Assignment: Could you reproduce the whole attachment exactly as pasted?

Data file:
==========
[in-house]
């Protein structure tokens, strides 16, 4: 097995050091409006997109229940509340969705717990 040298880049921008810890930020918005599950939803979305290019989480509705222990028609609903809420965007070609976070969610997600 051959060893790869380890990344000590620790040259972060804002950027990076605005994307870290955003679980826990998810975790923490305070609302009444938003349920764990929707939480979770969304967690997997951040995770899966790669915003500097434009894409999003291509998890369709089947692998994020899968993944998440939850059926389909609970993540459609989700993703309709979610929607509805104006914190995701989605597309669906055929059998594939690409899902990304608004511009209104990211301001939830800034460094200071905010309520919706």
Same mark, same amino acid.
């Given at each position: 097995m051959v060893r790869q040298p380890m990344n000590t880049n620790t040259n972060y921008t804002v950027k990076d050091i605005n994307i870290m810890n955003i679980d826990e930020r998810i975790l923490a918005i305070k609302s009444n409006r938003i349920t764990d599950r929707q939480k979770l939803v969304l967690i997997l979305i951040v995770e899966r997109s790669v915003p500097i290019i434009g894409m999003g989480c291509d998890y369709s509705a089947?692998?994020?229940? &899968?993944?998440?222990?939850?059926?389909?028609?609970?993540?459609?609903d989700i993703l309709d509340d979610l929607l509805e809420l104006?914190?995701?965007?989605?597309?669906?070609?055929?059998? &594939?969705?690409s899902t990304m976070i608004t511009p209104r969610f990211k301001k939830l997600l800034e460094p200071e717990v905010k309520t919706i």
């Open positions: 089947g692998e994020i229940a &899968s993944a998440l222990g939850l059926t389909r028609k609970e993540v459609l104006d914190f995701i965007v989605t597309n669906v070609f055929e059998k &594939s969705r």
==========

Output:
[in-house]
């Protein structure tokens, strides 16, 4: 097995050091409006997109229940509340969705717990 040298880049921008810890930020918005599950939803979305290019989480509705222990028609609903809420965007070609976070969610997600 051959060893790869380890990344000590620790040259972060804002950027990076605005994307870290955003679980826990998810975790923490305070609302009444938003349920764990929707939480979770969304967690997997951040995770899966790669915003500097434009894409999003291509998890369709089947692998994020899968993944998440939850059926389909609970993540459609989700993703309709979610929607509805104006914190995701989605597309669906055929059998594939690409899902990304608004511009209104990211301001939830800034460094200071905010309520919706």
Same mark, same amino acid.
């Given at each position: 097995m051959v060893r790869q040298p380890m990344n000590t880049n620790t040259n972060y921008t804002v950027k990076d050091i605005n994307i870290m810890n955003i679980d826990e930020r998810i975790l923490a918005i305070k609302s009444n409006r938003i349920t764990d599950r929707q939480k979770l939803v969304l967690i997997l979305i951040v995770e899966r997109s790669v915003p500097i290019i434009g894409m999003g989480c291509d998890y369709s509705a089947?692998?994020?229940? &899968?993944?998440?222990?939850?059926?389909?028609?609970?993540?459609?609903d989700i993703l309709d509340d979610l929607l509805e809420l104006?914190?995701?965007?989605?597309?669906?070609?055929?059998? &594939?969705?690409s899902t990304m976070i608004t511009p209104r969610f990211k301001k939830l997600l800034e460094p200071e717990v905010k309520t919706i």
């Open positions: 089947g692998e994020i229940a &899968s993944a998440l222990g939850l059926t389909r028609k609970e993540v459609l104006d914190f995701i965007v989605t597309n669906v070609f055929e059998k &594939s969705r």